A recent study on oral microbes has found immense richness of bacteria in the saliva of Indians. Some of these bacteria were common to many samples cutting across geographical locations and ethnicities in India. This study by scientists from Centre for DNA Fingerprinting and Diagnostics (CDFD), Hyderabad, and Max Planck Institute for Evolutionary Anthropology, Germany was published in PLoS One.
“Human saliva presents an easy source of studying oral microbiome because of its simple and non-invasive collection method. The microbiome co-evolves with humans and therefore, they are considered as ‘proxy markers’ to study human ancestry and migration,” says, Madhusudan R. Nandineni, head of the study team and staff scientist at CDFD.
“The fact that Indian population groups are genetically and environmentally quite heterogeneous is well-recognised, both factors being pivotal in shaping the human microbiome. The oral microbiome is yet largely unexplored in the pan-Indian context,” says Aneesha Acharya, a periodontist at DY Patil Dental College, Pune, and an oral microbiome expert.
The research team analysed salivary samples from 92 volunteers from eight different sampling locations across India. They studied and compared the 16S rRNA region of the genome in all the bacterial samples collected from the saliva. The genome sequence coding for 16S rRNA is highly conserved between different species of bacteria, and hence is routinely used by scientists to establish relationships between different species of bacteria.
Across the three regions sampled — North (Jammu & Kashmir and Uttarakhand), East (Jharkhand, West Bengal, and Assam) and the South (Andhra Pradesh, Telangana, and Tamil Nadu), the researchers found 785 Operational Taxonomic Units (OTUs) and 165 bacterial genera, indicating high level of genetic diversity, almost at par with those seen in African populations earlier.
Samples from West Bengal contained the highest number of unique genera, while those from Tamil Nadu showed the least. Streptococcus spp. was seen to be the major bacterial genus in the samples, followed by genera like Prevotella, Fusobacterium, and Veillonella.
With respect to the shared bacterial genera, there was a significant correlation among the states of the north. However, no correlation was seen among the samples from Assam with those from the other eastern states. Similarly, samples from Tamil Nadu did not show correlation with the rest of the southern states. One interesting observation was that the samples from north India showed only a subtle correlation with those of south India.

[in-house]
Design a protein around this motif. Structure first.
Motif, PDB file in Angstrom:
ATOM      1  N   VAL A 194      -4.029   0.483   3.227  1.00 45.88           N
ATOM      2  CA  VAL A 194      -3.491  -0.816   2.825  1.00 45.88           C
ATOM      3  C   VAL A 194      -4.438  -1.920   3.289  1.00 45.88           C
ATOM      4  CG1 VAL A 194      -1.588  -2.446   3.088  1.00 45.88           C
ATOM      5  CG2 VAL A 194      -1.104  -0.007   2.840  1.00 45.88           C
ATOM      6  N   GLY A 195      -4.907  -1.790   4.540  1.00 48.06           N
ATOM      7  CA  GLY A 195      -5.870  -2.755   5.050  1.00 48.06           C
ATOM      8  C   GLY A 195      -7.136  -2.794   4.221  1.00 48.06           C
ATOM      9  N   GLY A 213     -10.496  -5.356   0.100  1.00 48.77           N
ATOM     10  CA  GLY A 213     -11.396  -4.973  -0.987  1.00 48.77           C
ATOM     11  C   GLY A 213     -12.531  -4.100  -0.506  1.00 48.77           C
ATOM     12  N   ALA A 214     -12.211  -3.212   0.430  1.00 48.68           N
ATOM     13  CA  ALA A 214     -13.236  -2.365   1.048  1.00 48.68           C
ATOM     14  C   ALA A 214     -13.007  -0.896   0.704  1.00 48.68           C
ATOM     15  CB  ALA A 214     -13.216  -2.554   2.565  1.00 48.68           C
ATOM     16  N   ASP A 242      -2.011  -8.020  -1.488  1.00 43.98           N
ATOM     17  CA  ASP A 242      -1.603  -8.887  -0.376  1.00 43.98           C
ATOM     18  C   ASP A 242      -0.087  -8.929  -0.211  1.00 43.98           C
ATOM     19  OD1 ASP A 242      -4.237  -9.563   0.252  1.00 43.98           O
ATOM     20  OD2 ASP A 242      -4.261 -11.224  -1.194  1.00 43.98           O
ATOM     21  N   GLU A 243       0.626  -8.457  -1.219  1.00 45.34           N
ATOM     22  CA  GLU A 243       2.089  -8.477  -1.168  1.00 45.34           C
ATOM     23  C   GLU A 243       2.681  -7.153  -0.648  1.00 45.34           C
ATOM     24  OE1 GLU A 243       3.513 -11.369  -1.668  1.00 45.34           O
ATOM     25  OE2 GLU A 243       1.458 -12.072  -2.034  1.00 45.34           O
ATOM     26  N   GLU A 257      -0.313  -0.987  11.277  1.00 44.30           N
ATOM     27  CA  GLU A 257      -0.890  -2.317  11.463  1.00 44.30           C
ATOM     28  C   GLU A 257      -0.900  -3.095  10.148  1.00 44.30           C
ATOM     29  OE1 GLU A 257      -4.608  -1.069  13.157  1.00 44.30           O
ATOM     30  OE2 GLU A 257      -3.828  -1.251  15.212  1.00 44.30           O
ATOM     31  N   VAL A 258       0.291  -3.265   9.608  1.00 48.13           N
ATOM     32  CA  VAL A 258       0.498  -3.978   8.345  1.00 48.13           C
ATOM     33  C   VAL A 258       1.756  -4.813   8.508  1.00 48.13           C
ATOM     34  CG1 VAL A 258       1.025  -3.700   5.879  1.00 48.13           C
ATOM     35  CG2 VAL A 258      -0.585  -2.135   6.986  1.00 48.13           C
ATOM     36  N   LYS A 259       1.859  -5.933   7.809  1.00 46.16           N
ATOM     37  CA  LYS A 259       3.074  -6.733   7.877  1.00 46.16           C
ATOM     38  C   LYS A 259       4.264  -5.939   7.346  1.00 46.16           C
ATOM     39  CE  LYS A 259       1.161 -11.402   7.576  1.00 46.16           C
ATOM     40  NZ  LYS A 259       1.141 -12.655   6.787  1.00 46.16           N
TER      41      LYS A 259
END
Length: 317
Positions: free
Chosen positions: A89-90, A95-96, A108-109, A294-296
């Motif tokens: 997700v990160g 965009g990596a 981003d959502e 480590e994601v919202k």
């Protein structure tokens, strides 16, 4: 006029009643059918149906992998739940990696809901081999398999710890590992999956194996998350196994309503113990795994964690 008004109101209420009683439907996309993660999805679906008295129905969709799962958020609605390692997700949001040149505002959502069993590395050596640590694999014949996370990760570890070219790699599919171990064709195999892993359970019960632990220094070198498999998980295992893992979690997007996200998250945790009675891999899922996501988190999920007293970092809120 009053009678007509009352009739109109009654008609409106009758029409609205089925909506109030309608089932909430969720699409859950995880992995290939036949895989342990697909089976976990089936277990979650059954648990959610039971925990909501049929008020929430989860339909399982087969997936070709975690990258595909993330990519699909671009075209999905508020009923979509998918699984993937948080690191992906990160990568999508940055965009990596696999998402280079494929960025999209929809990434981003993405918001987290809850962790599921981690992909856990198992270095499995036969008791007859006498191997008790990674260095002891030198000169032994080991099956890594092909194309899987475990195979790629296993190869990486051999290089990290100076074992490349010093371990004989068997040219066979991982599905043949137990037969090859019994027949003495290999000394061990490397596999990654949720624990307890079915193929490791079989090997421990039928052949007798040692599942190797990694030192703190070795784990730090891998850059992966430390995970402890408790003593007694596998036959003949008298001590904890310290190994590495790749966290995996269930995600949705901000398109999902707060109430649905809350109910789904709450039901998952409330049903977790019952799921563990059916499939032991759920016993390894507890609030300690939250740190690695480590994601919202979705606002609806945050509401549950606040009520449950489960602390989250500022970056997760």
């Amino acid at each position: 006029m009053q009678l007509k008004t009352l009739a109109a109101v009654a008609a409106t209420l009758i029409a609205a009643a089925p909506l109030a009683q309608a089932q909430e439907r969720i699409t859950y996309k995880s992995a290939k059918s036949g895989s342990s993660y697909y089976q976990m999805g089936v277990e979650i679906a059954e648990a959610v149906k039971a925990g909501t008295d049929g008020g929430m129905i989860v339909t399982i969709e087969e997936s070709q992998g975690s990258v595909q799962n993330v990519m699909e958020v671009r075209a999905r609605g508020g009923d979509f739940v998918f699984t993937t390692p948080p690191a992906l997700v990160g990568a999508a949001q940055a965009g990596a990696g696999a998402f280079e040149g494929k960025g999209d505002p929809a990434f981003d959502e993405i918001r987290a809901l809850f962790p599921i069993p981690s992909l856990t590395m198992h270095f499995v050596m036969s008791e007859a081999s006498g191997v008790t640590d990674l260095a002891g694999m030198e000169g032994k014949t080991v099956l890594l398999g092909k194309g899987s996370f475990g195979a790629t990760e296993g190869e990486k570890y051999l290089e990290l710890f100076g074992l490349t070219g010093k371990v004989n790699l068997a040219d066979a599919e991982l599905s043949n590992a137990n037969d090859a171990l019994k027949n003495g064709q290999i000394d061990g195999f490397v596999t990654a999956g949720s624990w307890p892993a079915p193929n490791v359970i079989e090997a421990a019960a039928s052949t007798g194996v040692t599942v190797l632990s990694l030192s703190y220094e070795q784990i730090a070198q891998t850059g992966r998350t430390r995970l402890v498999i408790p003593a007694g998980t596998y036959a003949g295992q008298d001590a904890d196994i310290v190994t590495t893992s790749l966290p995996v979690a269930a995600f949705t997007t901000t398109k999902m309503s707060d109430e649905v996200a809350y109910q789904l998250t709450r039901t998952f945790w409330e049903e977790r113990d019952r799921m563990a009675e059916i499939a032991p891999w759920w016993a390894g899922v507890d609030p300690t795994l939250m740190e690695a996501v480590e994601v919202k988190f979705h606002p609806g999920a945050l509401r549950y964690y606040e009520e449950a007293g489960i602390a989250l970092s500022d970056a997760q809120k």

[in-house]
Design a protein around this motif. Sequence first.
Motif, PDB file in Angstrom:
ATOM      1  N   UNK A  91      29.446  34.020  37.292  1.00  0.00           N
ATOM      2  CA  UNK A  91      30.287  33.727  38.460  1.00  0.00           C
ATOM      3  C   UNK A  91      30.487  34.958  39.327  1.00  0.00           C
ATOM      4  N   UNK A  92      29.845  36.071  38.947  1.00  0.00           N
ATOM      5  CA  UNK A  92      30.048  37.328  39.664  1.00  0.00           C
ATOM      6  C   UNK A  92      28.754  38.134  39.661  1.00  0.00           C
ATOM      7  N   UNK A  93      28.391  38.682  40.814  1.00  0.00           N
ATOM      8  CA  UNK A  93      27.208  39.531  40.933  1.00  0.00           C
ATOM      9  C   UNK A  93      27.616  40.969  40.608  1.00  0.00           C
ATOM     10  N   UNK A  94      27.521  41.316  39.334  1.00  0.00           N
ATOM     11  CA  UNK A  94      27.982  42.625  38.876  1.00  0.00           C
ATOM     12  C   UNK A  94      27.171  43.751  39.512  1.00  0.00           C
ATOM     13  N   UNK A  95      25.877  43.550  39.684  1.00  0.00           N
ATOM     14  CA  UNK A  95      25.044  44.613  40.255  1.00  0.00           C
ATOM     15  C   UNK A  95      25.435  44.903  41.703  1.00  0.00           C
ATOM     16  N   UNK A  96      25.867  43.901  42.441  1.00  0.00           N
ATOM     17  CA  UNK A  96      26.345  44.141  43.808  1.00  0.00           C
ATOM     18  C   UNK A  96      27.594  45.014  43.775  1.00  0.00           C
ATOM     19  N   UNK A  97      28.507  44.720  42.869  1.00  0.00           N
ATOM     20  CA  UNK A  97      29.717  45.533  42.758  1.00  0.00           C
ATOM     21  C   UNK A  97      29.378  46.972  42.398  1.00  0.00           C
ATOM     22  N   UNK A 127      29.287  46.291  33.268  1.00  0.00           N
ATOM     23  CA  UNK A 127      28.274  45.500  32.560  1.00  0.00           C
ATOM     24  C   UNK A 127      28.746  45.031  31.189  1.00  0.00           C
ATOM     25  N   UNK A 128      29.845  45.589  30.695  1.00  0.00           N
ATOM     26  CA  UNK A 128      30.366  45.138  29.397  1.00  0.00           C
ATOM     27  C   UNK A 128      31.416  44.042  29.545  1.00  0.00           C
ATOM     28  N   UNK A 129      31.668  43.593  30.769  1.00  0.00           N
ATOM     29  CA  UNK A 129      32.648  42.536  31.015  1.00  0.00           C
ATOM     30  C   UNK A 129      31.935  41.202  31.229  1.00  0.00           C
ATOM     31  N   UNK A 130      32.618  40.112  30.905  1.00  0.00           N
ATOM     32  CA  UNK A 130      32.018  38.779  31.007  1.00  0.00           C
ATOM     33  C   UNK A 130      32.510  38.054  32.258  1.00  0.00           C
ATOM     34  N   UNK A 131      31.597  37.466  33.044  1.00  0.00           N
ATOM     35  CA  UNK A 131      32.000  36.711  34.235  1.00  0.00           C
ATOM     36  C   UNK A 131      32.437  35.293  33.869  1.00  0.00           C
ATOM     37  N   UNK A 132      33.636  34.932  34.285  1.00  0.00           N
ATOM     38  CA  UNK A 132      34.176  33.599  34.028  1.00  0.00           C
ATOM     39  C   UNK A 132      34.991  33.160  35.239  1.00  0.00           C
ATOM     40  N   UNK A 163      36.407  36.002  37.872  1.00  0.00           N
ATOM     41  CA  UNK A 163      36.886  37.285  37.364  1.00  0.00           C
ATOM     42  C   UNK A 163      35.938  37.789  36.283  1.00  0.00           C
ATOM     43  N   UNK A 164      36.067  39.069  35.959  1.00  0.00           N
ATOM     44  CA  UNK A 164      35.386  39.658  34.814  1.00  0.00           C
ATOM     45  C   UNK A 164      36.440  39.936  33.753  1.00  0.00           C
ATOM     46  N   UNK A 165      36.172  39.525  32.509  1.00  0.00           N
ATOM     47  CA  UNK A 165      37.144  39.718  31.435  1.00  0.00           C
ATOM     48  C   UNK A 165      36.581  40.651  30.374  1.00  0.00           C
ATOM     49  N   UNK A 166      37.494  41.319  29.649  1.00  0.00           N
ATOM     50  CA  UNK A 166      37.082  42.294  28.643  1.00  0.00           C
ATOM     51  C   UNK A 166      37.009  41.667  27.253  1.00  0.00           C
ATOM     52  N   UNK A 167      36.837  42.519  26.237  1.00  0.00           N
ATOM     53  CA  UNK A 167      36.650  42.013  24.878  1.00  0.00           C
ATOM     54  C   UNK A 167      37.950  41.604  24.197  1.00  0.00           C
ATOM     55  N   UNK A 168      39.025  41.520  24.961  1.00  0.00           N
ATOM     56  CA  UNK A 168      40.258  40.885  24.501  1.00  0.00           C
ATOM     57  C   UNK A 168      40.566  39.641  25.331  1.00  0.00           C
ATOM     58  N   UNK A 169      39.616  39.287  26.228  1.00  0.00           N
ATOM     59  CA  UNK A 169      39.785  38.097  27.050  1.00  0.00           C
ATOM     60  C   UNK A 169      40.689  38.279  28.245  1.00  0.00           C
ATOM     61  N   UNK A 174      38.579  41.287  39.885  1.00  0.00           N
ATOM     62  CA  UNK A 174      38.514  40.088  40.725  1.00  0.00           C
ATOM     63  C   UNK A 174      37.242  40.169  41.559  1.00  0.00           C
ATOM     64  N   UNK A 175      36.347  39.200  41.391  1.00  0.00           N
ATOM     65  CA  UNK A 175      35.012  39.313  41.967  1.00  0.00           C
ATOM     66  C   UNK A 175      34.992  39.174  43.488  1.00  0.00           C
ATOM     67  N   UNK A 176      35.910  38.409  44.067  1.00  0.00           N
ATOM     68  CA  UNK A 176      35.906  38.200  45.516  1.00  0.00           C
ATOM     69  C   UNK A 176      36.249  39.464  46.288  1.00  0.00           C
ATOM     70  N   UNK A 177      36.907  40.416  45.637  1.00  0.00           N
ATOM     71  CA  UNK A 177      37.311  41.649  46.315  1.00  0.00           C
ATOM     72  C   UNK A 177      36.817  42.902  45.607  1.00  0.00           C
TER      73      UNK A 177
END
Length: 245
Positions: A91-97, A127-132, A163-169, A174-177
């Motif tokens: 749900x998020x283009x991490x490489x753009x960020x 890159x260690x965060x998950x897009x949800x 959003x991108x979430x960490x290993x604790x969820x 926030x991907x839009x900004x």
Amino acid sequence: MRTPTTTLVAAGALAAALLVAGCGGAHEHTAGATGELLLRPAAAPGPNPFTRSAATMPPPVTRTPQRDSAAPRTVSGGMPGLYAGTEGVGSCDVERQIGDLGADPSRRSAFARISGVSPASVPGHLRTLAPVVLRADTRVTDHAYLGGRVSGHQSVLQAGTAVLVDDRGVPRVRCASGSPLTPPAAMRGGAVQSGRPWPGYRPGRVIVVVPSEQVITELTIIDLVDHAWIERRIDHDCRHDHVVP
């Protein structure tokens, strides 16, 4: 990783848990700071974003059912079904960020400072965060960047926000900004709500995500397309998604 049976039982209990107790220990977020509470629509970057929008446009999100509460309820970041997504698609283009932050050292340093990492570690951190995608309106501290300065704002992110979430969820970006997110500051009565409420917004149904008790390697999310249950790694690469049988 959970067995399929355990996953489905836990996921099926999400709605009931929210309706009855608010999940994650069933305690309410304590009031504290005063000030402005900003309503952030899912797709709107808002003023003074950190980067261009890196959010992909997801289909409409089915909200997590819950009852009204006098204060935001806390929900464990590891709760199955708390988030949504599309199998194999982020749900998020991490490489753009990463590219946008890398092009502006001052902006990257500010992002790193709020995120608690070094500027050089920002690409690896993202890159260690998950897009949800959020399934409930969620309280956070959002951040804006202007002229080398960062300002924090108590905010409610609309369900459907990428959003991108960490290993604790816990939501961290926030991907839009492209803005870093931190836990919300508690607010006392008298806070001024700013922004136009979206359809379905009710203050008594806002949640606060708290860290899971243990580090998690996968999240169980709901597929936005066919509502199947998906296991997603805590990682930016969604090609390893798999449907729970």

660 OTUs were found to be shared among the three regions, out of which 37 OTUs (corresponding to 12 bacterial genera) were found in all the samples, hence constituting the core microbiome for Indian populations. Nine bacterial genera, previously not listed in the Human Oral Microbiome Database (HOMD) were observed. Solobacterium spp., Lachnoanaerobaculum spp., and Alloprevotella spp. were the bacterial species found to be unique to Indian populations.
The new bacterial species observed in this study highlights the importance of studying micro biomes of under-studied populations such as Indians. “When compared to the gut, the oral microbiome is not documented as well and there is much need for further work. While the present study analysed the microbiome at genus and OTU levels, algorithms dedicated to species level resolution of oral microbiota could further our understanding of microbial diversity,” says Acharya.
“One of the main purposes of microbiome studies is to understand how the perturbation in the microbiome composition might lead to the onset of a disease in human. Hence, it is first important to know what constitutes the healthy microbiome,” says Nandineni. Going forward, he would like to study the variation of salivary microbiome with time, lifestyle, and food habits of a population.
This is a companion discussion topic for the original entry at https://indiabioscience.org/news/2017/the-flora-in-your-spit-thats-keeping-you-healthy